Research that involves harvesting the periosteum is common. The exact technique of harvesting is rarely described; however, it may be of vital importance because techniques may vary in their ability to raise the osteogenic cambial layer, which is reported to be tightly adherent to the underlying cortex. This study was performed to define how the cambial and fibrous layers of the periosteum are affected by different techniques of stripping. The periosteum was raised from the tibia and the humerus of adult rabbits with four stripping techniques. The stripped bone surface was examined histologically and with a scanning electron microscope to determine whether the fibrous and cambial layers of the periosteum had been removed and whether there had been damage to the underlying cortex. The results from the two anatomical sites were the same. Raising the periosteum with cortical bone chips (shingling) or with a periosteal elevator removed both layers of the periosteum and caused considerable damage to the surface of the cortex. Raising the periosteum with a sharp scalpel or by simply pulling it off removed the fibrous layer but left the osteogenic layer intact adherent to the cortex. We conclude that some techniques of periosteal elevation fail to harvest the osteogenic layer and therefore may lead to unexpected experimental results. We suggest that authors describe the exact technique of periosteal stripping that was employed.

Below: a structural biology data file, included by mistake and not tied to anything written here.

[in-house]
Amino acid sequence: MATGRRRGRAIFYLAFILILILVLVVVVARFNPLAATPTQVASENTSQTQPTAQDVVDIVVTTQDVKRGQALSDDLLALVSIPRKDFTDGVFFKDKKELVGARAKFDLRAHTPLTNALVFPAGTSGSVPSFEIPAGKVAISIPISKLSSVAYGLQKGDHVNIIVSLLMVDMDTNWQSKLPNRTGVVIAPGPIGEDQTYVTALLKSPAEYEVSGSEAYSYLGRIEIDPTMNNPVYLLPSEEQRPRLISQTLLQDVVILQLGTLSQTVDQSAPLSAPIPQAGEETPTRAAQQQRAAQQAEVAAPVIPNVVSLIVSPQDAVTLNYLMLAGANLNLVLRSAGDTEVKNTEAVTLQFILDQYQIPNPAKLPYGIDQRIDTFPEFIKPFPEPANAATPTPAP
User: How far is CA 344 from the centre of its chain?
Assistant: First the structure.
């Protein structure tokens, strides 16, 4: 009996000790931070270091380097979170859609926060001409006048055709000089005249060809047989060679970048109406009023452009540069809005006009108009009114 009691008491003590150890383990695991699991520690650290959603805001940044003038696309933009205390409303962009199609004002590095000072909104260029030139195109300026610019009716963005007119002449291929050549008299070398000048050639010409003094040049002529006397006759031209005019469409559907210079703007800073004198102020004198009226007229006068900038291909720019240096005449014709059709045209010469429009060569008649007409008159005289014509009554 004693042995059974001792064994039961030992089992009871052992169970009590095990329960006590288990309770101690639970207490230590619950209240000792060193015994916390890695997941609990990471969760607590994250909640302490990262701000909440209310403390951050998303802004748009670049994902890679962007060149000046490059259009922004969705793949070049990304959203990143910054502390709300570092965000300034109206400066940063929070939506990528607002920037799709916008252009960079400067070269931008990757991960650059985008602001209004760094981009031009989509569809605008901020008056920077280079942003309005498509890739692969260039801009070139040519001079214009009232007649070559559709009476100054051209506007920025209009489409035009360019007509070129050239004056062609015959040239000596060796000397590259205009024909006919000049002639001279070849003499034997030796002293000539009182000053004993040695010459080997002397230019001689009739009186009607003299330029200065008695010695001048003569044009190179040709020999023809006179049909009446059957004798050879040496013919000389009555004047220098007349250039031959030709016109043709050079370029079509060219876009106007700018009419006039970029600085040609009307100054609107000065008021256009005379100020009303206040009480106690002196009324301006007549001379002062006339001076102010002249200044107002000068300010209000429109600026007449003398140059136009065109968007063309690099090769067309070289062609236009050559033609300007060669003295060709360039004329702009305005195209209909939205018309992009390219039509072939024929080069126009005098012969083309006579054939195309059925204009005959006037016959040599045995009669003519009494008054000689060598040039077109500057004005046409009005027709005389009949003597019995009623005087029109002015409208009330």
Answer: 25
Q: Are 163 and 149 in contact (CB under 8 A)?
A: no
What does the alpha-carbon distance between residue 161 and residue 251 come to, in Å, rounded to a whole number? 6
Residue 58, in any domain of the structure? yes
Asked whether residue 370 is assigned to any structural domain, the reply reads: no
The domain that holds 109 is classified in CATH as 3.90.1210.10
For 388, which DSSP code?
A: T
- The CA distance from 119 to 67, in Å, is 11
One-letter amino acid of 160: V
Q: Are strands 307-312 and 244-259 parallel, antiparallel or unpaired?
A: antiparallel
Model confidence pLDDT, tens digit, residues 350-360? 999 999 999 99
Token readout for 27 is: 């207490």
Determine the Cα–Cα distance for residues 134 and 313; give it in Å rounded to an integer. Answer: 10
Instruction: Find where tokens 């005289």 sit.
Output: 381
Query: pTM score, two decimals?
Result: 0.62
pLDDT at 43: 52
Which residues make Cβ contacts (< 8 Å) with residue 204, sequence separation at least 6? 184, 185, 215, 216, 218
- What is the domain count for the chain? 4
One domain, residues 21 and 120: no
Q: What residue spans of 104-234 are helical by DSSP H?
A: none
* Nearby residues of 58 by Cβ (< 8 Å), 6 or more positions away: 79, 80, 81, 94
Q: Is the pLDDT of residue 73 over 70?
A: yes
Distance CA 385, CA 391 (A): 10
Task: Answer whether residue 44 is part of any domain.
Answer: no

- Microscopy, Electron, Scanning